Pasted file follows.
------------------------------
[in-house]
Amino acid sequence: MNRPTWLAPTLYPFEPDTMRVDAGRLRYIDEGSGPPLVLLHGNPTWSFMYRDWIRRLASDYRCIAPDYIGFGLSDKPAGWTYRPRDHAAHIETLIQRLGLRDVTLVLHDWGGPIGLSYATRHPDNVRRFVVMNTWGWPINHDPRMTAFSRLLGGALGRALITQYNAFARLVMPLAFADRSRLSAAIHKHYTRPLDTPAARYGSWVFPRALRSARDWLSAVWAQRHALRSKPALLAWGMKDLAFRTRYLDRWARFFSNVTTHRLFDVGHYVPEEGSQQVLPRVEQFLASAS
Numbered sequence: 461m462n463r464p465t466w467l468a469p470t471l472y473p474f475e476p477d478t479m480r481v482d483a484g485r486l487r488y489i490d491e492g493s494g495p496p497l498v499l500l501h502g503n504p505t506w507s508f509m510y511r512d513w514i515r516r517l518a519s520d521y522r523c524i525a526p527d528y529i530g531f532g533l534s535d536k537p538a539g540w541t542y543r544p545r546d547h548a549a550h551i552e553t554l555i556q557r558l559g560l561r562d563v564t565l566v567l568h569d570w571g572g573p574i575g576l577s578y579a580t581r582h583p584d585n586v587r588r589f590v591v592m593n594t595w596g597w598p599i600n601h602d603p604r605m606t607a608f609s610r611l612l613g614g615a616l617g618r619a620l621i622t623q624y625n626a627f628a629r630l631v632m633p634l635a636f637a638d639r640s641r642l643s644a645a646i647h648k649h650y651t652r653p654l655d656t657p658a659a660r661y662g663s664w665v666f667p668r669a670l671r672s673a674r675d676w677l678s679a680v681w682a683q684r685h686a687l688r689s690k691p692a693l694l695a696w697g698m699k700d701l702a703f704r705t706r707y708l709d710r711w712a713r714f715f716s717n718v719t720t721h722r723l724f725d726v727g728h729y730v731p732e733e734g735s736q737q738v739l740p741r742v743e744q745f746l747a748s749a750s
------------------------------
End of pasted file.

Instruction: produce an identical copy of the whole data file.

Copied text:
[in-house]
Amino acid sequence: MNRPTWLAPTLYPFEPDTMRVDAGRLRYIDEGSGPPLVLLHGNPTWSFMYRDWIRRLASDYRCIAPDYIGFGLSDKPAGWTYRPRDHAAHIETLIQRLGLRDVTLVLHDWGGPIGLSYATRHPDNVRRFVVMNTWGWPINHDPRMTAFSRLLGGALGRALITQYNAFARLVMPLAFADRSRLSAAIHKHYTRPLDTPAARYGSWVFPRALRSARDWLSAVWAQRHALRSKPALLAWGMKDLAFRTRYLDRWARFFSNVTTHRLFDVGHYVPEEGSQQVLPRVEQFLASAS
Numbered sequence: 461m462n463r464p465t466w467l468a469p470t471l472y473p474f475e476p477d478t479m480r481v482d483a484g485r486l487r488y489i490d491e492g493s494g495p496p497l498v499l500l501h502g503n504p505t506w507s508f509m510y511r512d513w514i515r516r517l518a519s520d521y522r523c524i525a526p527d528y529i530g531f532g533l534s535d536k537p538a539g540w541t542y543r544p545r546d547h548a549a550h551i552e553t554l555i556q557r558l559g560l561r562d563v564t565l566v567l568h569d570w571g572g573p574i575g576l577s578y579a580t581r582h583p584d585n586v587r588r589f590v591v592m593n594t595w596g597w598p599i600n601h602d603p604r605m606t607a608f609s610r611l612l613g614g615a616l617g618r619a620l621i622t623q624y625n626a627f628a629r630l631v632m633p634l635a636f637a638d639r640s641r642l643s644a645a646i647h648k649h650y651t652r653p654l655d656t657p658a659a660r661y662g663s664w665v666f667p668r669a670l671r672s673a674r675d676w677l678s679a680v681w682a683q684r685h686a687l688r689s690k691p692a693l694l695a696w697g698m699k700d701l702a703f704r705t706r707y708l709d710r711w712a713r714f715f716s717n718v719t720t721h722r723l724f725d726v727g728h729y730v731p732e733e734g735s736q737q738v739l740p741r742v743e744q745f746l747a748s749a750s